Shellenberger: 'This is the end of cap-and-trade for a long time'
Michael Shellenberger, co-founder of the Breakthrough Institute and one half of the heterodox environmental duo of Nordhaus and Shellenberger, has been predicting the political failure of cap-and-trade for some time now. In the past day or so, he's been proved right. Shellenberger has long believed that the political realities of the issue demand, at least in the short term, a focus on innovation rather than regulation and pricing. I spoke to him this afternoon about what went wrong, and what comes next.
Ezra Klein: It looks like a carbon-pricing bill is pretty much dead. What happened?
Michael Shellenberger: I think the attacks from the greens on the White House and the White House’s response all miss the point. There was no amount of speechifying or arm twisting Obama could have done that would’ve changed that vote significantly. And vice versa, the green groups hired some of the best advertisers and lobbyists and spent $100 million. They didn’t do a bad job. They had arguably the best mobilization environmental groups have ever done in the history of the environmental movement. It was the proposal itself that was impossible for this Congress, and any Congress in recent memory, to pass.
EK: Is there any near-term hope for the politics to change? Any reason to think that a future Congress will view this differently?
MS: I think that this is the end of cap-and-trade for a long time. It’s the fourth time it’s failed since 2003. We did a vote count in 2008, where we interviewed green lobbyists about their vote count. We got to about 35. When [Harry] Reid said they couldn’t get to 60, he was putting the best face on it. So I don’t think cap-and-trade is coming back for the next decade.
EK: So then, what next?
MS: I think that some time needs to pass for Democrats and liberals and greens to assess what happened and start coming to terms with the political, economic and technological realities that are the driving force behind the serial political failures of cap-and-trade. Our view is you need a price on carbon, but that it’s going to start very low. No one will impose or sustain a high price on carbon as long as the gap between fossil fuels and clean energy remains so wide. So we need to be moving to a framework where at the center is technological innovation to close the gap between fossil fuels and clean energy. That might need to be funded with a small tax on carbon. But the center is the technological innovation.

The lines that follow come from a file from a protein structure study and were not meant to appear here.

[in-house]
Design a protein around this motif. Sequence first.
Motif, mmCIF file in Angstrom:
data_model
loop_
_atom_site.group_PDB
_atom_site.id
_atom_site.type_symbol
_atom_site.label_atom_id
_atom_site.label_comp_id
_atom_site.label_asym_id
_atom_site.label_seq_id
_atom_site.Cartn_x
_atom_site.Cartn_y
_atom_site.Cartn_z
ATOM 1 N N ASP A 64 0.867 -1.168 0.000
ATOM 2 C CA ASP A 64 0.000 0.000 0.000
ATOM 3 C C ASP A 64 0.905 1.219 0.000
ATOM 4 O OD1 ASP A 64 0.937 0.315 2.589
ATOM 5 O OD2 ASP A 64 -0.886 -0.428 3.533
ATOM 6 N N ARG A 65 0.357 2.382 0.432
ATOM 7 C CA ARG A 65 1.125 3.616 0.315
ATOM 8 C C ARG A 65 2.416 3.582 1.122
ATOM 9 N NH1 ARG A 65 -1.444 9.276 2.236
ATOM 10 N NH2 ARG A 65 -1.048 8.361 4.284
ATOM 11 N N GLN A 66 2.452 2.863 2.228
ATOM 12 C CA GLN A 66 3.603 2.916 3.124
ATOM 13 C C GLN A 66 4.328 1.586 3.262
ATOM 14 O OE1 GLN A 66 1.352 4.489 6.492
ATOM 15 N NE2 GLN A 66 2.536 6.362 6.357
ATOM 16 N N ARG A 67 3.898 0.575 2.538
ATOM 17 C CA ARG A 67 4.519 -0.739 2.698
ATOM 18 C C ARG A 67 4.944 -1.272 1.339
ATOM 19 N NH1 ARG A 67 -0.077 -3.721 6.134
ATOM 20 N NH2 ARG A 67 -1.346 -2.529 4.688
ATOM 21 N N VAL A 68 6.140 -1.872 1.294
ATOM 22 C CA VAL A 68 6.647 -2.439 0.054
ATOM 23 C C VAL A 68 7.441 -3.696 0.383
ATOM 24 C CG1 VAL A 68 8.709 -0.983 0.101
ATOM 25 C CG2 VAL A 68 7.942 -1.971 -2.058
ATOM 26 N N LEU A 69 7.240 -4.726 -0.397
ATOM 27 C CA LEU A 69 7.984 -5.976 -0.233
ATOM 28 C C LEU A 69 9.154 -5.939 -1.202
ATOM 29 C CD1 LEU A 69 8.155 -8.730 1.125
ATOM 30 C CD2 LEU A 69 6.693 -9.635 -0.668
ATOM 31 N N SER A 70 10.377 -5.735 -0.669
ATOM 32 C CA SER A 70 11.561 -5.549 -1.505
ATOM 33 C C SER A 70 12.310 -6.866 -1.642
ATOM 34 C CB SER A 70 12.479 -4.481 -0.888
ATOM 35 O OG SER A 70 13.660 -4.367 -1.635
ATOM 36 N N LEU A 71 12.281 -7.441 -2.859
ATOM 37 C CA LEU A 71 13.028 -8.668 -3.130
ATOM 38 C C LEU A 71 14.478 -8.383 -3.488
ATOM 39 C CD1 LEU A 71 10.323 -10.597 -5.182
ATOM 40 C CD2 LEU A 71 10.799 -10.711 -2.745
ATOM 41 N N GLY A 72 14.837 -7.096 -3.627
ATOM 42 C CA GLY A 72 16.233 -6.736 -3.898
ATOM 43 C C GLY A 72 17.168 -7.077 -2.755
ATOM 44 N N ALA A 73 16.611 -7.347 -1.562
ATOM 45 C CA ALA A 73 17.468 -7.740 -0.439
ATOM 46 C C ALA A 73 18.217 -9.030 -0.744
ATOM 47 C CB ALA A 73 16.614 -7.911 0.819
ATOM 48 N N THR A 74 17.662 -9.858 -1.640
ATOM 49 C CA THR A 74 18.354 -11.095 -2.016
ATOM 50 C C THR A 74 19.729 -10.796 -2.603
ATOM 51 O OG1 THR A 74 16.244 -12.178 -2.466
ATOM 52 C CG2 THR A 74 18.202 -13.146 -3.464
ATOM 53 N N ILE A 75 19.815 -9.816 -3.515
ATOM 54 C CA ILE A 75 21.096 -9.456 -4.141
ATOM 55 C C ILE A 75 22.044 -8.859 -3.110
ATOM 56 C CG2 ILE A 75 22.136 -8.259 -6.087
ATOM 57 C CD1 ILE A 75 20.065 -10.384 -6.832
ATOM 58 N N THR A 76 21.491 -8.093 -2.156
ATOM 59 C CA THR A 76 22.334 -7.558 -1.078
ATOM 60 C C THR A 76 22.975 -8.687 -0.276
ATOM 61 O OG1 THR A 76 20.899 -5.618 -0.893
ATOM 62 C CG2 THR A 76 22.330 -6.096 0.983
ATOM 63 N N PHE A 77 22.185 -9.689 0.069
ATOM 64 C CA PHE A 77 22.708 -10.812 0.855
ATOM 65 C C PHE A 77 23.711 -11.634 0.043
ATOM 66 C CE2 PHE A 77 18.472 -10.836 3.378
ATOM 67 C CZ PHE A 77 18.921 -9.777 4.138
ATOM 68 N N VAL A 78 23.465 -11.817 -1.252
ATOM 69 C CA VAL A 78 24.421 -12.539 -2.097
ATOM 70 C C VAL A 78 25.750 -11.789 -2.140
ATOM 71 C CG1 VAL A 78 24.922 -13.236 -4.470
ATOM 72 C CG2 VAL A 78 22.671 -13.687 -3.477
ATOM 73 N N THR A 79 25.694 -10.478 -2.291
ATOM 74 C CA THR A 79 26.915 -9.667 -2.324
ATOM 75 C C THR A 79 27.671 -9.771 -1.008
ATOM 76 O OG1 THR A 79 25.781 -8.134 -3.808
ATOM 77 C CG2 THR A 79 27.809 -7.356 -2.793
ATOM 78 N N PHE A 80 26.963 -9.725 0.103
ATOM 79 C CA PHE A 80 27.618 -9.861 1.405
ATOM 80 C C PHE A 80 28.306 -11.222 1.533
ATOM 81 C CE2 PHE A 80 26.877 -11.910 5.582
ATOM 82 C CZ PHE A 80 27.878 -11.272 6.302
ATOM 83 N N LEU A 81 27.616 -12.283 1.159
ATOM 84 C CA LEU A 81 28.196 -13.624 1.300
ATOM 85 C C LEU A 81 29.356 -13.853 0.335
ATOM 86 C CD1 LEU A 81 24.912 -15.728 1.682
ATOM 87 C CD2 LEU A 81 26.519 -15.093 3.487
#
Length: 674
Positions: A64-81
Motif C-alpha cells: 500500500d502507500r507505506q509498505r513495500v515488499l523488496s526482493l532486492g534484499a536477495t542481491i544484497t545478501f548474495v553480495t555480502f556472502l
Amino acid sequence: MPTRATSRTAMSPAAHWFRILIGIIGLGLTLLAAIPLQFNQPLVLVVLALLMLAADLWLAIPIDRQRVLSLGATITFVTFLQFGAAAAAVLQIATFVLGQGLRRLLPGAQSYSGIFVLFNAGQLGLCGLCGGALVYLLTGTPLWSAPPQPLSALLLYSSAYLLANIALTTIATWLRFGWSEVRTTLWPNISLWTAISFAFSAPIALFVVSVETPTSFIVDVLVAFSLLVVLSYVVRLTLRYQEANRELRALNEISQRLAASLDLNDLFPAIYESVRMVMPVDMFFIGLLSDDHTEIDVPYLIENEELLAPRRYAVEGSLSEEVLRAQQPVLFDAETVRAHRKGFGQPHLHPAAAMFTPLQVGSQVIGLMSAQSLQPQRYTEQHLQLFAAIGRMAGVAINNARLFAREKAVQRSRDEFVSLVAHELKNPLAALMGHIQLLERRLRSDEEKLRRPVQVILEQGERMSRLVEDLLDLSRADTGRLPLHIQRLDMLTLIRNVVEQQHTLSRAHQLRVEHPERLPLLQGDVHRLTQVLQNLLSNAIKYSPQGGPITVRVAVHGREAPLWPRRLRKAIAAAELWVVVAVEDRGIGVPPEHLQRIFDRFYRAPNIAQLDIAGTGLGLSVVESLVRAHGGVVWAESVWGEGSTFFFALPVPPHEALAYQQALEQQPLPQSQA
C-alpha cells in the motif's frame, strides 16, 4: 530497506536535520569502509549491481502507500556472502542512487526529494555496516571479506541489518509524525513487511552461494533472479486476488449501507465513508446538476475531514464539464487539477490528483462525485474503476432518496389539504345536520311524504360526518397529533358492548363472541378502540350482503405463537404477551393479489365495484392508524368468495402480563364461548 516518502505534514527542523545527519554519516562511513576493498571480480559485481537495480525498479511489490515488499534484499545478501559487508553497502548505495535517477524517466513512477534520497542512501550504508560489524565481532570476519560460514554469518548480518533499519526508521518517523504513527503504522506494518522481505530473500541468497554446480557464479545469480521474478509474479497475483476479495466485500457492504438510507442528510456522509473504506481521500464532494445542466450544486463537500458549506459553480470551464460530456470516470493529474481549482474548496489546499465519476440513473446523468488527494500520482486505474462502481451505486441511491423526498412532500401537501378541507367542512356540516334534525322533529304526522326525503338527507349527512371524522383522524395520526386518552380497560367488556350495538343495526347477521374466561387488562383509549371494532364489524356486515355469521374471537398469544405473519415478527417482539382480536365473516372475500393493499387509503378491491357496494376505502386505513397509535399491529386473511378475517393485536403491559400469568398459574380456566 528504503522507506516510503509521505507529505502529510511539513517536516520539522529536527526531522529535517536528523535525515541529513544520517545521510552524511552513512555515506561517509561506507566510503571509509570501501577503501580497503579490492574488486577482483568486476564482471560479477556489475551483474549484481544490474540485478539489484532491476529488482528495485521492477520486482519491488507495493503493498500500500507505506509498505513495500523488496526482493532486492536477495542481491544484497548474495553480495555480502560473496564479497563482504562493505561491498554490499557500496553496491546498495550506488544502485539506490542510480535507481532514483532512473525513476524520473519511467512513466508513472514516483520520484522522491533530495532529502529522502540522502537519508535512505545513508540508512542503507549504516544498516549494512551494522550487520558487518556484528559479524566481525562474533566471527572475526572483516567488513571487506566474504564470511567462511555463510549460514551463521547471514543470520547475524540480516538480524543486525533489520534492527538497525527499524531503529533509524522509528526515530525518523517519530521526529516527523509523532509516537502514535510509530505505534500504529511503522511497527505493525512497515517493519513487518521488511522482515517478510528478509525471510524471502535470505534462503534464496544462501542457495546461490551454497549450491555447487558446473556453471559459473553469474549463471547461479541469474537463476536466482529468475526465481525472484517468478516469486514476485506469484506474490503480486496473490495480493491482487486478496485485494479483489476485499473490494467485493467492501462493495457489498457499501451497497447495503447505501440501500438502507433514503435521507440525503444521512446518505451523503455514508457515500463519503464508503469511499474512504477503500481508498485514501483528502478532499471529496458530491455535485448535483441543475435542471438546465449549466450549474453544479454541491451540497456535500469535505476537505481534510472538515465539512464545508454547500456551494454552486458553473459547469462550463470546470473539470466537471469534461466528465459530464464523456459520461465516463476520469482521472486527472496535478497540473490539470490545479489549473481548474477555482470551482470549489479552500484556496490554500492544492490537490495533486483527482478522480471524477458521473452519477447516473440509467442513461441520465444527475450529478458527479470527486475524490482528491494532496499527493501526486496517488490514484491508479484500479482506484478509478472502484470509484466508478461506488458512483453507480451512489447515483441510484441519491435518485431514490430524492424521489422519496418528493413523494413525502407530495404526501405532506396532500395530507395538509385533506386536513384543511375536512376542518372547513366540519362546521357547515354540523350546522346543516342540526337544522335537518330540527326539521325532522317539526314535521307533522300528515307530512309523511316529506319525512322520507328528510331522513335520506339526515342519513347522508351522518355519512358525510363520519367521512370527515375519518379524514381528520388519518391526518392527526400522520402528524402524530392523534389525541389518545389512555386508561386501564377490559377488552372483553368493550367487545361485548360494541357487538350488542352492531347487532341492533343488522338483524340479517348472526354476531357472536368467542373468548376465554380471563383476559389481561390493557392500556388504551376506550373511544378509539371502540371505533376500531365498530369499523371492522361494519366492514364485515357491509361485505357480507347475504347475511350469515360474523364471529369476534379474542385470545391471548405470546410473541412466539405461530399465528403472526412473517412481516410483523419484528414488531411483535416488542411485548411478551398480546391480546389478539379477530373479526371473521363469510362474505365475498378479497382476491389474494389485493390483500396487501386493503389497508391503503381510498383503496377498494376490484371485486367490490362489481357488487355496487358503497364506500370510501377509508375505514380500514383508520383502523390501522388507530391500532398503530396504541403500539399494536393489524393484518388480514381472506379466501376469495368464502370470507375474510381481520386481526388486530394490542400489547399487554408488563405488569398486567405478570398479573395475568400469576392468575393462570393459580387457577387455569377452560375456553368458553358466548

EK: And to distinguish that from cap-and-trade, the idea here isn’t really that you’re pricing carbon, but that you’re funding research into alternatives.
MS: In the early years, that’s its primary purpose. If the price is set up right and it rises at a predictable rate, that does send a forward price signal which could start to affect investment decisions. But we’re suggesting, at least at the start, a much lower carbon price that would have a much lower cost to the economy. A cost of $5 a ton is $30 billion a year. That’s far below estimates of cap-and-trade. What conservatives and Republicans might find appealing is that this would be focused on technology innovation. If you have a broad portfolio able to invest in everything from solar to nuclear, you should be able to appeal to some of them.
EK: And why put any faith in this? Why should we believe it’ll work?
MS: This isn’t something we think can succeed right away. Cap-and-trade had 15 years behind it. This has many fewer people behind it, and has had much less time in the argument. But there was no certainty cap-and-trade could reduce emissions. Every proposal before Congress had a thousand loopholes and offsets and safety valves that undermined the cap. Our view is that a technology-centered framework doesn’t guarantee anything, but it does get us closer to actually achieving the technology innovation required to make low-carbon technologies much cheaper.
And that’s not just renewables, but also things like second-generation nuclear reactors. We’re not going to do anything of consequence on reducing emissions without closing the price and technology gap between clean energy and fossil fuels, and we’re not going to make serious headway on technology innovation unless we fund innovation directly, in the same way we did around personal computers, the Internet, pharmaceuticals and agriculture. The history of tech innovation in the U.S. is really a history of military procurement, R&D funding, science and engineering education, and demonstration projects.
EK: And how would this work, in practice? Won’t it just end up subsidizing a lot of waste?
MS: We get asked how this is any different than just spending on subsidies. Our view is that indefinite subsidies are not the right way to go. That’s why I think military procurement is the way to go. It would mean we rationalize the whole innovation framework around price reductions.
Defense spends $80 billion a year on R&D. Is some of it wasted? Of course. Thomas Watson said, “If you want success, increase your failure rate.” Venture capitalists are excited if one in 10 of their investments succeeds. There will be failure, and some amount of that failure is part of the innovation. But at the pace we’re going now, we’re not going to get the innovation we need. We’re missing a demanding customer, which is what the Pentagon has been. You can point to waste there, but also amazing innovations in communications and rocketry. We look at Google and Apple and think the federal government had nothing to do with them, but without federal investment in computers there would be no Apple and without DARPA there would be no Google.
July 23, 2010; 5:00 PM ET
Categories: Climate Change , Interviews
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